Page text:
By: Kaitlyn Johnston
These grand estates once played host to the wealthiest of families. Now, they house dark memories, crumbling architecture - and maybe even ghosts. Watch your step as we venture inside 6 abandoned mansions from around the world.
1. THE MUDHOUSE MANSION OF OHIO
Depending on who you ask, this Ohio mansion was built in the 1840s, 50s, 70s, or possibly around the 1900s. Regardless of when the first owner moved in, multiple families have since inhabited the place. Perhaps it's the mansion's uncertain history that inspires the mysterious stories connected to the home. One such tale claims that a government official used Mudhouse to hide his slaves after the Civil War. When one of the captives escaped, he murdered the entire family. Other eerie legends of mass death have been woven into the abandoned mansion's history. It's even known as the original home of the infamous Bloody Mary, who haunts the halls where her children were murdered. Today, the owner keeps the property private and vehemently discourages trespassing.
2. THE LIU FAMILY MANSION OF TAIWAN
The Liu Family Mansion, known to the superstitious as the Minxiong Ghost House, was built in Taiwan in 1929 for a businessman and his family of eight. The family reportedly abandoned the home in the 1950s. Although the reason for their leaving is unclear, many attribute the family's eager relocation to an unfortunate tale: The maid, love-sick for the family patriarch, drowned herself in the well, bringing bad luck on the home and everyone who lived in it. Other stories of the mansion's history claim that the property is haunted by men of the Japanese imperial army who died in battle on the grounds.
3. THE CHATEAU MIRANDA OF BELGIUM
Chateau Miranda - also known as Chateau de Noisy - was built in 1866 for the Liedekerke-Beaufort family. The 19th century neo-Gothic castle stands in Celles, Belgium, where the family relocated during the French Revolution. It was passed down through generations until WWII, when it was taken over by the National Railway Company of Belgium. The impressive building was used to house orphaned children until 1980. Although various organizations have made offers, wishing to return the Chateau to its former splendor, the family has refused and the once grand castle has been left to fend for itself.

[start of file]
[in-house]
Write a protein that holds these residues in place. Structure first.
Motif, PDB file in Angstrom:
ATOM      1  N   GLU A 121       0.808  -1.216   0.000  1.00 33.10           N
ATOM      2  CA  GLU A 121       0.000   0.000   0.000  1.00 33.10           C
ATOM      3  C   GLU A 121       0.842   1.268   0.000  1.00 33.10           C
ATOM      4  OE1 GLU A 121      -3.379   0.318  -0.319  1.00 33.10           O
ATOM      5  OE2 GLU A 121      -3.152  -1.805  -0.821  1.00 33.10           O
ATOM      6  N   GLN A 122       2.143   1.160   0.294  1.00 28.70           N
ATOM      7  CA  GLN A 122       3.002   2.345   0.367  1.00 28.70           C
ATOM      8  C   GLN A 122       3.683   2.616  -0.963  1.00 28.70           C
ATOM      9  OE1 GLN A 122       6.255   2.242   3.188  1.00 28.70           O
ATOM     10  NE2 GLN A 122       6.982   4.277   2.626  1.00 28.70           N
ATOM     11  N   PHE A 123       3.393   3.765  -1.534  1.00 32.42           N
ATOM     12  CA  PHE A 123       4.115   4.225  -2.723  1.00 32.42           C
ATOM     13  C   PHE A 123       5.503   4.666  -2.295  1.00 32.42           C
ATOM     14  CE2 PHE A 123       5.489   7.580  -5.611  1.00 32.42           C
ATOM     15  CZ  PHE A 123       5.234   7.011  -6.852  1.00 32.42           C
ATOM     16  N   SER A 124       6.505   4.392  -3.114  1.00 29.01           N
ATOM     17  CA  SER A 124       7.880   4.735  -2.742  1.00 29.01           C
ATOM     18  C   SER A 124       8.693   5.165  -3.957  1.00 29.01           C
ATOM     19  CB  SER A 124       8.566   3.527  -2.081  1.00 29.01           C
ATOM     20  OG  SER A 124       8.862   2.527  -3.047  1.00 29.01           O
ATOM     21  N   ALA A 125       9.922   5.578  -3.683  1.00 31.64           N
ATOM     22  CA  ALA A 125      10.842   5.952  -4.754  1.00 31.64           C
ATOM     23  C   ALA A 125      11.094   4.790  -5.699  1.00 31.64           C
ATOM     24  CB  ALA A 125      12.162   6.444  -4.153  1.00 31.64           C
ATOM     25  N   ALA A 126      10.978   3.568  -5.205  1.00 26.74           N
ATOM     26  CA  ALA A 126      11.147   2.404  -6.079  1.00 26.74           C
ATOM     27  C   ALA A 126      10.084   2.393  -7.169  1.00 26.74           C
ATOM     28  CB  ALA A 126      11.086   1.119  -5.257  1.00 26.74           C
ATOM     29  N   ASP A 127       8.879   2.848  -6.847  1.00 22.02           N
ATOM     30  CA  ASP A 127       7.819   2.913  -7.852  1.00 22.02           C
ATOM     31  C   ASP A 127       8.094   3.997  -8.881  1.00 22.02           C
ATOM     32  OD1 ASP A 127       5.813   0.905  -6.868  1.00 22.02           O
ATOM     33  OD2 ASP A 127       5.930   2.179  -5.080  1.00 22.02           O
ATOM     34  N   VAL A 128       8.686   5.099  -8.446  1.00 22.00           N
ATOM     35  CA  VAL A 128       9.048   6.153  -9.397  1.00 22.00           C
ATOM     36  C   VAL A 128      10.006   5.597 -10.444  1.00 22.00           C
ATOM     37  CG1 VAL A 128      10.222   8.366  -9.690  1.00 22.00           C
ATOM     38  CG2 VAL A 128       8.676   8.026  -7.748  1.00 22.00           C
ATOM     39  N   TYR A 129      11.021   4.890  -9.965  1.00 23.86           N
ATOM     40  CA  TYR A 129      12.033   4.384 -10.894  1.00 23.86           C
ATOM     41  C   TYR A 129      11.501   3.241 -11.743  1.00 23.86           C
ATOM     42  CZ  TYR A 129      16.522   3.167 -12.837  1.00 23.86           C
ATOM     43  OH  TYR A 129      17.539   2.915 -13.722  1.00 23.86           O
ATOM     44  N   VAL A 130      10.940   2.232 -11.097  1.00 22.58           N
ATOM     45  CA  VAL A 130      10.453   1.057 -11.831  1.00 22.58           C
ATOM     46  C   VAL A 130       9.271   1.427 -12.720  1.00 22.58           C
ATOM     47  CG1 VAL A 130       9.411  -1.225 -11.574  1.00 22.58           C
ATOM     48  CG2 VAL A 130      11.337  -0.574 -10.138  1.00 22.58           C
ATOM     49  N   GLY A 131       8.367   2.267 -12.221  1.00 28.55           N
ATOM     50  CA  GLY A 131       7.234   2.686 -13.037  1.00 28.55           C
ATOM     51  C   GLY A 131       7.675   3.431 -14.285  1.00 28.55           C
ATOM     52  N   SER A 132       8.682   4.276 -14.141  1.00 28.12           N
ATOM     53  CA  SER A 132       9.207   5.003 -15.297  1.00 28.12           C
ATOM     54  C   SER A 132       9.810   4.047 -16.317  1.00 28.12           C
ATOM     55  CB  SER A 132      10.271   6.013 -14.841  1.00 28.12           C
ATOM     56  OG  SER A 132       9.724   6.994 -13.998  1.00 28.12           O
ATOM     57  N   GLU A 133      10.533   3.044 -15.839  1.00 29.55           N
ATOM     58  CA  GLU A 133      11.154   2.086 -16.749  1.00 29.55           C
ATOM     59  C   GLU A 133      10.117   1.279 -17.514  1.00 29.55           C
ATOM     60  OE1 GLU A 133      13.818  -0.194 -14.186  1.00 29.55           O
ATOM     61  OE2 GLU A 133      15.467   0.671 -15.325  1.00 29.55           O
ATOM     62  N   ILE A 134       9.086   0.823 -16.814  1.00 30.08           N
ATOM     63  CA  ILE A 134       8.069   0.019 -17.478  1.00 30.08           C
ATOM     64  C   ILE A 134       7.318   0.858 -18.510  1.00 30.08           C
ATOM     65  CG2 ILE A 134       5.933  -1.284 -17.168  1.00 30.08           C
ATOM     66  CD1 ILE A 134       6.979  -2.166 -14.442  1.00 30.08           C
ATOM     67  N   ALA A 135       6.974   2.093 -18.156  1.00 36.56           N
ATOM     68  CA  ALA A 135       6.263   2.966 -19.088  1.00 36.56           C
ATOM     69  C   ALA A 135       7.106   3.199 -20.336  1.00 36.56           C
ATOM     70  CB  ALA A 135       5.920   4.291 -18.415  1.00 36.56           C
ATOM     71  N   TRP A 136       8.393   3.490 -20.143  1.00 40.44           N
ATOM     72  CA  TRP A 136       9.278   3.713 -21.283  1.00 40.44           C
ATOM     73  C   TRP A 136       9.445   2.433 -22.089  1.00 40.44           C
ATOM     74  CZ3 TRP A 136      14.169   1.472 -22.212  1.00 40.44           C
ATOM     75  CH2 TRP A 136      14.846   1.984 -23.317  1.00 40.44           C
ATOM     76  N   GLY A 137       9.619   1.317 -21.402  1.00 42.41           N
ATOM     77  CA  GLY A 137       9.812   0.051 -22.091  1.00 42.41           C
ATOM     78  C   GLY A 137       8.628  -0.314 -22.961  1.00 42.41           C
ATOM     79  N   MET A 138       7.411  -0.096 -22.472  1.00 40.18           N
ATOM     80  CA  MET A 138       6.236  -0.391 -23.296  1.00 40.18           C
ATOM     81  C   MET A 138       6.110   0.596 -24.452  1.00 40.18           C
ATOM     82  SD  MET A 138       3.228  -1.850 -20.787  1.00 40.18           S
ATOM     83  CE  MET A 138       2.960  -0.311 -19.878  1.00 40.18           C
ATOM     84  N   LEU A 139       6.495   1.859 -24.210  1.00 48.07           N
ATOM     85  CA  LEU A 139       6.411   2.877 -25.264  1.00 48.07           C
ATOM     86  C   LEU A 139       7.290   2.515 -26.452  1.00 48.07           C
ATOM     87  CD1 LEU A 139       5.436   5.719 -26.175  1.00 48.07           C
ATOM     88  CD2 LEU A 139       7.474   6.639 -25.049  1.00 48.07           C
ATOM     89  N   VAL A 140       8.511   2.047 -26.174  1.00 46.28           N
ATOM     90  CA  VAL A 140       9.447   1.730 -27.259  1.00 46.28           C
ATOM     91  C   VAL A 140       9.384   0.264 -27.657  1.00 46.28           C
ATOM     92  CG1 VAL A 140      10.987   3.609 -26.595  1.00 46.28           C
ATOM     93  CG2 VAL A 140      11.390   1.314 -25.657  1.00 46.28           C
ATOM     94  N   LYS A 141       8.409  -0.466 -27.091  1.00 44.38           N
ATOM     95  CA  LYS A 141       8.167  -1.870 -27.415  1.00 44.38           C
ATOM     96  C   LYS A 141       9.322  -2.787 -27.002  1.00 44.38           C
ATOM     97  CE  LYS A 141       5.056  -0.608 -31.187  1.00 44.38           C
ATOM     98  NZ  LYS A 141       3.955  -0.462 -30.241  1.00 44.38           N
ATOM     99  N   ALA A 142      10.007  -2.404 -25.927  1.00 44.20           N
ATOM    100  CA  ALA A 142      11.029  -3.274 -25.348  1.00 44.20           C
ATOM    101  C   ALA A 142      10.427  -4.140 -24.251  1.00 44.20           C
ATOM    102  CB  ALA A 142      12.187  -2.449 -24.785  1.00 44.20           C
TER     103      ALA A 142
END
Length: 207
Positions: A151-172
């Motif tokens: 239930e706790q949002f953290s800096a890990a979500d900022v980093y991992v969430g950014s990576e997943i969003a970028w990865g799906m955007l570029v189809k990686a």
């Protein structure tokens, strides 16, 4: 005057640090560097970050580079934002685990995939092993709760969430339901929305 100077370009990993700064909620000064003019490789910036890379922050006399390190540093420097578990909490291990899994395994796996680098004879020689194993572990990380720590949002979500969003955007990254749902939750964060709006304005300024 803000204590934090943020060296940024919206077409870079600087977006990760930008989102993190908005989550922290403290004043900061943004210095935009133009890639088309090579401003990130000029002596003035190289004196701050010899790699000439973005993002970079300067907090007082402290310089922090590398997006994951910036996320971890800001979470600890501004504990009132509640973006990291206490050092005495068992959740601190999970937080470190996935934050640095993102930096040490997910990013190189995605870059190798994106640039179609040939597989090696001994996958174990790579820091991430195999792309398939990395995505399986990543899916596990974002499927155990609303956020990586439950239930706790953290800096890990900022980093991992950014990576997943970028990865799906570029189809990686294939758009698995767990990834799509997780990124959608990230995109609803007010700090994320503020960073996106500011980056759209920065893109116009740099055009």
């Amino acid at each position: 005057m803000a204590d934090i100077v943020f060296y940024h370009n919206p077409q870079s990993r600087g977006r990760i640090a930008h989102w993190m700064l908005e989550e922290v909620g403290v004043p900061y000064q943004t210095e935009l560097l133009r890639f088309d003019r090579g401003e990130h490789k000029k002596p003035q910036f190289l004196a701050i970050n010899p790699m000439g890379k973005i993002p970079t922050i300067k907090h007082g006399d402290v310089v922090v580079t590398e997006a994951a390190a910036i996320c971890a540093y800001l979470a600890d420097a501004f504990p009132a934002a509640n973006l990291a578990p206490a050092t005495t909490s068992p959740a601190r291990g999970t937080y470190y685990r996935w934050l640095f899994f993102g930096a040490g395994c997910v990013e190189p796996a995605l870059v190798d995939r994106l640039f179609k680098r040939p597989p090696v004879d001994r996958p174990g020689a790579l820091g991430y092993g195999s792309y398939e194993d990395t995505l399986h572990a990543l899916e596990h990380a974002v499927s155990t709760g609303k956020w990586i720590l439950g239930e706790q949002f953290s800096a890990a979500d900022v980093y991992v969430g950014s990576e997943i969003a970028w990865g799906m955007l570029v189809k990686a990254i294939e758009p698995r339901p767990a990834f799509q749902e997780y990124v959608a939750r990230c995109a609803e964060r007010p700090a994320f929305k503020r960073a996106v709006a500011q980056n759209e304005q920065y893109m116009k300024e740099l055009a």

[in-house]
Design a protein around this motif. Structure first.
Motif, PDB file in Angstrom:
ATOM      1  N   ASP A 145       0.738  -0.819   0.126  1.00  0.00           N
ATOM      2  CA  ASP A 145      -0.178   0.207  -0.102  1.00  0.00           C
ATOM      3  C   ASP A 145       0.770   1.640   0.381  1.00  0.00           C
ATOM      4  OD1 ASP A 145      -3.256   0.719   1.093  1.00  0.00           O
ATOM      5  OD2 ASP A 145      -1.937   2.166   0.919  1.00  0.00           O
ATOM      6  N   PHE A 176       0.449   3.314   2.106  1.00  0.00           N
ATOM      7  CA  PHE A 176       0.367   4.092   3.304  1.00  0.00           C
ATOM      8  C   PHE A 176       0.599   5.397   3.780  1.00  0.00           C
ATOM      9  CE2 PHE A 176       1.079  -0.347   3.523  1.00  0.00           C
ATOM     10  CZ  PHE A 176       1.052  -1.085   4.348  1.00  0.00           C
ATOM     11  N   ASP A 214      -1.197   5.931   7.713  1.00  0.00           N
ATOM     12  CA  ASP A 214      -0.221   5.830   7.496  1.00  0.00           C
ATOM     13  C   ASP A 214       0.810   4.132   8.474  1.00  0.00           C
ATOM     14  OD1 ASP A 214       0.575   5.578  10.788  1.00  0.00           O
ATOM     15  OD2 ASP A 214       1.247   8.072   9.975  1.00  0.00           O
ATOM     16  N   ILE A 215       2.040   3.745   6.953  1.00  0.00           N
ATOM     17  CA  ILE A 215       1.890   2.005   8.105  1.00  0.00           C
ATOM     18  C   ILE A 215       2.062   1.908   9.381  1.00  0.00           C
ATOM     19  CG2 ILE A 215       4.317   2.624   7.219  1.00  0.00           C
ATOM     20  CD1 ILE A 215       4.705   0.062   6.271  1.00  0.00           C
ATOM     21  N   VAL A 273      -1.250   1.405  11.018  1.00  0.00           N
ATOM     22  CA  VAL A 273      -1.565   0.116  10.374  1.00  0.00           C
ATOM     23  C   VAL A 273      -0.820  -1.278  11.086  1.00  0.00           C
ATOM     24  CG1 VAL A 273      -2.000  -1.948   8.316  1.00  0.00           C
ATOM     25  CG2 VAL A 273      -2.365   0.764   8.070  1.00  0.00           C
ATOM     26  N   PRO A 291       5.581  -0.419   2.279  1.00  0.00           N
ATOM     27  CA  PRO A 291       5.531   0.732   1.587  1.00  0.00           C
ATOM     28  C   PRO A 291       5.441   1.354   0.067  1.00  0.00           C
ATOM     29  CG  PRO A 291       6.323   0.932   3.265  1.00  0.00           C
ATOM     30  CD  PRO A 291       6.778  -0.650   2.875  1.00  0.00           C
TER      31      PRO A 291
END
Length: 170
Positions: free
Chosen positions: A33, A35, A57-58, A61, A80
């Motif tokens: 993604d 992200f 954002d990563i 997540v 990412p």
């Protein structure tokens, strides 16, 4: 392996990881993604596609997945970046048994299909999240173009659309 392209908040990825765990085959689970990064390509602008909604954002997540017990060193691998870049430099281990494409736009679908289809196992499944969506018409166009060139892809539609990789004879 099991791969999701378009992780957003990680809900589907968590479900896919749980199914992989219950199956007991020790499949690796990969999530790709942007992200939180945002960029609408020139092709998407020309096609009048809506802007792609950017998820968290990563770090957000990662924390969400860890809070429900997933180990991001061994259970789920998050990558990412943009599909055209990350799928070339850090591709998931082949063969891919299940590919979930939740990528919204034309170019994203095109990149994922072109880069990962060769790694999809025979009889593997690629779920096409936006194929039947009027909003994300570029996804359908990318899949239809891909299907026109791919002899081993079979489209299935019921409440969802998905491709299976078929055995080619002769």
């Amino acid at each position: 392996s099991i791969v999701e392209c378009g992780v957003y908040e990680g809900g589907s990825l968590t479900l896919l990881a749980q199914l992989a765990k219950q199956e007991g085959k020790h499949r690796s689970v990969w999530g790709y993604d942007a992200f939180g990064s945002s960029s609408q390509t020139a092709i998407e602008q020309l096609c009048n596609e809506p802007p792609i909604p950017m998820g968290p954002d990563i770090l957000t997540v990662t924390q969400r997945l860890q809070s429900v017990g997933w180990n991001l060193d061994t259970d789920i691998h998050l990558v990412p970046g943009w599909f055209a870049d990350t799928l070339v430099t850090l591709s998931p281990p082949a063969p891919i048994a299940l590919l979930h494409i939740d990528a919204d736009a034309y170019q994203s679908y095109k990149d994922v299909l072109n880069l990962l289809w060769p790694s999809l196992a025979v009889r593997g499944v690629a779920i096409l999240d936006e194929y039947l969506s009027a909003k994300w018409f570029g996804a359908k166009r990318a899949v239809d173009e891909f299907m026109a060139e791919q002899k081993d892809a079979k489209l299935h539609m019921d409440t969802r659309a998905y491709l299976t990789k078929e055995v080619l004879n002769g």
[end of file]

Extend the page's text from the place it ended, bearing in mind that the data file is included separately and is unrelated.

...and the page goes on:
READ MORE: THE WINCHESTER MYSTERY HOUSE
4. THE CAMBUSNETHAN HOUSE OF SCOTLAND
Located in North Lanarkshire, Scotland, Cambusnethan House was completed in 1820 for the Lockhart family of Castlehill. The home was built to their specifications, right down to the family crest carved over the entry and etched into each baluster of the magnificent staircase. The crest is a representation of the family's special surname: a casket, heart, and lock. As the story goes, Lockhart ancestors carried the heart of King of Scots, Robert the Bruce, back from the Holy Land. The beautiful Gothic revival home is one the last of its kind in Scotland as many were demolished in the 1950s and 60s. All use of the building ended in 1984 due to its risky condition.
5. THE JUKUIJU OF TAIWAN
Built in 1920, this abandoned mansion can be found in the Taichung area of Taiwan. The history of the grand home is debated. Many claim the house once belonged to successful poet, Chen Ruoshi, while others say that the mansion was owned by Chen Shaozong, a wealthy businessman and landowner who was brought down by the land reform program in 1949. When Shaozong died without a will, a man named Liu bought Jukuiju. Since Liu's death, it's believed the house was passed to his heirs, but the estate remains abandoned. Regardless of just who holds the deed, the ruins of Jukuiju possess a beautiful combination of traditional Taiwanese and Japanese colonial era architecture.
6. VILLA DE VECCHI OF ITALY
Situated in the mountains of Lake Como, Italy, this 1800s mansion comes with a sad tale. After traveling the world and serving as a soldier, nobleman Felix de Vecchi returned to Italy and hired architect Alessandro Sidoli to build him the perfect home for his family. Unfortunately, just a year before the Villa was completed, Sidoli died, never getting to see his finished masterpiece. The tragic death seemed to spark a curse on the property. Some time later, Count de Vecchi came home to find his wife murdered and his daughter missing. After a long and fruitless search, de Vecchi committed suicide, unable to cope with the loss of his family. The Villa was passed to his brother and the family visited the home often until the 1940s. After a succession of new owners, the mansion was eventually abandoned.